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London's Royal Wharf units sold for £156M; UK housing market to stall in 2017


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London's Royal Wharf units sold for £156M; UK housing market to stall in 2017

* Singaporean property developer Oxley Holdings Ltd.'s wholly owned unit Oxley Wharf Property 3 Ltd. agreed to sell all the units within Blocks 20 and 24 of its Royal Wharf development in London for £156.2 million, The Straits Times reported.

Notting Hill Home Ownership Ltd. and Notting Hill Housing Trust, who are the buyers, have committed a deposit of about £7 million for the acquisition. The rest of the amount will be paid through instalments upon the completion of the blocks in 2018, according to the report.

* House prices in the U.K. are expected to flatline in 2017, with as little as 1% expected growth. The lack of growth is attributed to weak economic growth and a rise in inflation limiting general spending power, and bringing about sluggish housing demand, Bloomberg News reported, citing Halifax.

The (U.K.) Times also reported on the predicted housing slump in the U.K. and London.

UK and Ireland

* The rate of London residents leaving the city has recorded its highest result since 2007, as residents of the capital purchased some 74,000 homes outside London, 11,000 more than in 2015, The (U.K.) Daily Telegraph reported, citing Hamptons International. This accelerated departure rate is attributed partially to rising home prices outpacing the increase in wages in London.

Additionally, 40% of first-time buyers residing in London bought houses outside the capital, up from 20% in 2014, the report noted.

* Over in Ireland, IDA is hiring an agency to search for space for its new global headquarters as the lease on its current offices in Dublin's Wilton Park House approaches the end of its term, the Irish Independent reported. The company is seeking new offices in the capital city for when the Wilton Park House lease expires in 2019, the report noted.


* MERLIN Properties confirmed local media reports that it is holding advanced talks with Foncière des Murs to either sell or deconsolidate its noncore hotel portfolio.

* The Spanish property market is showing signs of recovery eight years after its last significant crash, with construction company La Casa por el Tejado planning to build new apartments on rooftops in Madrid and Barcelona, Reuters reported. Home prices are seen to be returning to pre-crisis levels in downtown areas of major Spanish cities, where rents and mortgages are on the rise, the report noted.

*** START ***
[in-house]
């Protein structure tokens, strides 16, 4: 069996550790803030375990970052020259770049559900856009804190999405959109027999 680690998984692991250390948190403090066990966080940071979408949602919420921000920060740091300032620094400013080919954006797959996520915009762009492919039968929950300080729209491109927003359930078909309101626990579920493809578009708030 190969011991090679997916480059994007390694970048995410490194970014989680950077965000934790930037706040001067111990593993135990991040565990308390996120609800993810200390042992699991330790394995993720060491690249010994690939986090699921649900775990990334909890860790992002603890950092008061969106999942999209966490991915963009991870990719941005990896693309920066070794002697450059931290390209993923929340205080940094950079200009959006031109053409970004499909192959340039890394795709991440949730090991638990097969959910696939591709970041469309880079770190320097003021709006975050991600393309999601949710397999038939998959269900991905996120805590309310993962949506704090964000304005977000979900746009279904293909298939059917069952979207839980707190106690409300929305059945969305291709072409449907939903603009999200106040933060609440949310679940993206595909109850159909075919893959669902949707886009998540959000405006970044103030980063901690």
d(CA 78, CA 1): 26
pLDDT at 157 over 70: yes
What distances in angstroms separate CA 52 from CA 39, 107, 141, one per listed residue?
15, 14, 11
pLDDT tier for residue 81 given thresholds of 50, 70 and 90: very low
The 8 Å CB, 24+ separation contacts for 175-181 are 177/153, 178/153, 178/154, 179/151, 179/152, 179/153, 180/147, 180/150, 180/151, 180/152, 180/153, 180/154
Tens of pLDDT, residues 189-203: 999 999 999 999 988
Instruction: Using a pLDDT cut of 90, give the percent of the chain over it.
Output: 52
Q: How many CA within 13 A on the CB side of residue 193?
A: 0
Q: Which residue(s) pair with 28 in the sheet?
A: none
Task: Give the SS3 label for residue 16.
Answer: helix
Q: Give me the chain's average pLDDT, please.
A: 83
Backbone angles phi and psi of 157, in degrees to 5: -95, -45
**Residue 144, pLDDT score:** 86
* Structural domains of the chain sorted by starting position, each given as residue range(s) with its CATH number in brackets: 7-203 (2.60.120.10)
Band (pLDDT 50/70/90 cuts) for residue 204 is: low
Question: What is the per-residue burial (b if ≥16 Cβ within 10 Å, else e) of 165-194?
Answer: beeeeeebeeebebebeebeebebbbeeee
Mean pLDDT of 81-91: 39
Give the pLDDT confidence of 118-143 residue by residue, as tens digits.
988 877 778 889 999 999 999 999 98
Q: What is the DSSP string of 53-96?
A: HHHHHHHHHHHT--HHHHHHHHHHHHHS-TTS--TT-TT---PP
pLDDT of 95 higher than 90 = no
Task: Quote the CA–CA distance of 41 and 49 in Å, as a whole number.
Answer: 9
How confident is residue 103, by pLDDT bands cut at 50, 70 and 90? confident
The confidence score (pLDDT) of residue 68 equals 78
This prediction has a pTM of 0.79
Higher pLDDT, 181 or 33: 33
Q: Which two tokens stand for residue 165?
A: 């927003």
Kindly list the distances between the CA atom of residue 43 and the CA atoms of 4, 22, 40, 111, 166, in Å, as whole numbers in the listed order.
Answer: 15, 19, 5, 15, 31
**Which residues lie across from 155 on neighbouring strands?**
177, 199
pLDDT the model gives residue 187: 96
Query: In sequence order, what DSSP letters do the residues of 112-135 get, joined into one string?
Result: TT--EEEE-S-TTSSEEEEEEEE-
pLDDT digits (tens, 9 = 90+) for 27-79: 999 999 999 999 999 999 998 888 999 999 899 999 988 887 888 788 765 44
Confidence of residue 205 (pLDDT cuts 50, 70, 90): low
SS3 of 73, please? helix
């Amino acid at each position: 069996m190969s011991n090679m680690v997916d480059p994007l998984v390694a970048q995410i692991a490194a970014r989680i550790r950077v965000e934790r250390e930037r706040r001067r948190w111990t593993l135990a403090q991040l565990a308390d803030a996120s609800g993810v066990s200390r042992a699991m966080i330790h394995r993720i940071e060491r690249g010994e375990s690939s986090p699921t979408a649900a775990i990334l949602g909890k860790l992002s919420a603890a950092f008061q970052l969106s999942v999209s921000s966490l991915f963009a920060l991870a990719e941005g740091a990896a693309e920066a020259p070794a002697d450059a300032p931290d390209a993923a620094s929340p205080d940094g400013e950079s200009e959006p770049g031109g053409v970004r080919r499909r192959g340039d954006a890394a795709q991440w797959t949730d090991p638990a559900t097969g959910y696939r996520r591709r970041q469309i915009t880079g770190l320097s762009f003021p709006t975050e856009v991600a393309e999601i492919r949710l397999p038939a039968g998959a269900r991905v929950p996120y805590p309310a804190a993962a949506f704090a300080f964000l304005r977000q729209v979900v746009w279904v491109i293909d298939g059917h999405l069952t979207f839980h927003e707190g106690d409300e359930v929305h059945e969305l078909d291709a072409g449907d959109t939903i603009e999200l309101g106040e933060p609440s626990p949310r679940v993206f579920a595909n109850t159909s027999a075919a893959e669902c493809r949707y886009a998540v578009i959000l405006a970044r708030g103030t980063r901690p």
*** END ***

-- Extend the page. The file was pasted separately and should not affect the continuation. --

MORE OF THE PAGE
Middle East

* Bidding has opened for the acquisition and completion of Bahrain's largest stalled real estate project, Marina West, Arabian Business reported, citing local media. Work on the $750 million Marina West project began in 2007 and was supposed to have been completed in 2010, but was halted in March 2010 because of the global financial crisis, the report noted.

The development was to have comprised 10 residential towers with over 1,000 apartments and a five-star hotel.

* Emaar Properties PJSC, in a partnership with Meraas Holding, launched the second phase of Sidra at the 11 million-square-meter Dubai Hills Estate, near downtown Dubai, TradeArabia reported. Sidra offers three- to five-room villas that will range from 3,102 square feet to 4,283 square feet, the report noted.


* Brazilian shopping mall retailers reported a 3% fall in sales this Christmas season, The Rio Times reported, citing a survey by the Brazilian Shopping Tenants Association. Brazil saw the opening of 19 shopping malls in 2016, but some 18,100 stores were closed in these centers during the year, the report noted.

* Meanwhile, commercial property prices in Brazil declined 0.45% month over month in November due to the country's recession, taking the year-to-date losses to 3.18%, Reuters reported, citing the FipeZap indicator. The indicator, which covers Sao Paulo, Rio de Janeiro, Porto Alegre and Belo Horizonte, also reported a 0.35% fall in leases in the same period.

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The Daily Dose Europe, Real Estate edition, is updated as of 6:30 a.m. London time. Some links require a subscription. Articles and links are correct as of publication time.